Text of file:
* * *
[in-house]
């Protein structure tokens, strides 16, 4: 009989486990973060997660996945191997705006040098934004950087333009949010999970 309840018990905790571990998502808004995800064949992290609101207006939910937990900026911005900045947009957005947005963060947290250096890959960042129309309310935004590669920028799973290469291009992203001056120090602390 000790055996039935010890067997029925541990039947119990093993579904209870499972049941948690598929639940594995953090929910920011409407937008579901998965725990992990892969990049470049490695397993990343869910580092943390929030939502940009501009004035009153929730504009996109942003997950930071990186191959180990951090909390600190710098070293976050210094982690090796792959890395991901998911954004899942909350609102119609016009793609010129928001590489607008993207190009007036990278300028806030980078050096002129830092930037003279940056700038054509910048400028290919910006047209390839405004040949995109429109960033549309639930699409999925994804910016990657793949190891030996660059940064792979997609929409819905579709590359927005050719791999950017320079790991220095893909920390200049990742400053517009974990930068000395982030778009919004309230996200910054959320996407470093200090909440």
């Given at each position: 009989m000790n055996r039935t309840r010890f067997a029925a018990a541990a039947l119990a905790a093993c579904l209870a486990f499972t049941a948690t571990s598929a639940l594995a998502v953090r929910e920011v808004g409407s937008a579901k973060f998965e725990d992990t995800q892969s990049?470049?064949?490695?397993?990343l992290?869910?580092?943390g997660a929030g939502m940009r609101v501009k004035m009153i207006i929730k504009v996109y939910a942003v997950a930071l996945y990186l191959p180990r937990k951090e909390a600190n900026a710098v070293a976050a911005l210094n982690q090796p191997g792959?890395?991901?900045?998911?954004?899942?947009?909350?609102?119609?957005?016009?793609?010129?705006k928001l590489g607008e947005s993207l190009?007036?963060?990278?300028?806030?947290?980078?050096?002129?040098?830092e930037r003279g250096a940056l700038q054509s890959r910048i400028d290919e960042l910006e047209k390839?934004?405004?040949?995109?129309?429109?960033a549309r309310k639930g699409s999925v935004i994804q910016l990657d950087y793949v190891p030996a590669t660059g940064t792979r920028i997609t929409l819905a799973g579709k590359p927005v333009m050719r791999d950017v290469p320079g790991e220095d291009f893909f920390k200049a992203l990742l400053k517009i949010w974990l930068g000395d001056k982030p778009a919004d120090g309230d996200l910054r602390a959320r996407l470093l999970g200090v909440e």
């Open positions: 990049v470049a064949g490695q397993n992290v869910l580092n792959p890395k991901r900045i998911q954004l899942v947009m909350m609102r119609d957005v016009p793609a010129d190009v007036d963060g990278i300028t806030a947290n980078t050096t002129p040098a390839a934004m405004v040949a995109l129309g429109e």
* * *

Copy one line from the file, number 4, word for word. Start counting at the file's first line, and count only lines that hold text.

């Open positions: 990049v470049a064949g490695q397993n992290v869910l580092n792959p890395k991901r900045i998911q954004l899942v947009m909350m609102r119609d957005v016009p793609a010129d190009v007036d963060g990278i300028t806030a947290n980078t050096t002129p040098a390839a934004m405004v040949a995109l129309g429109e």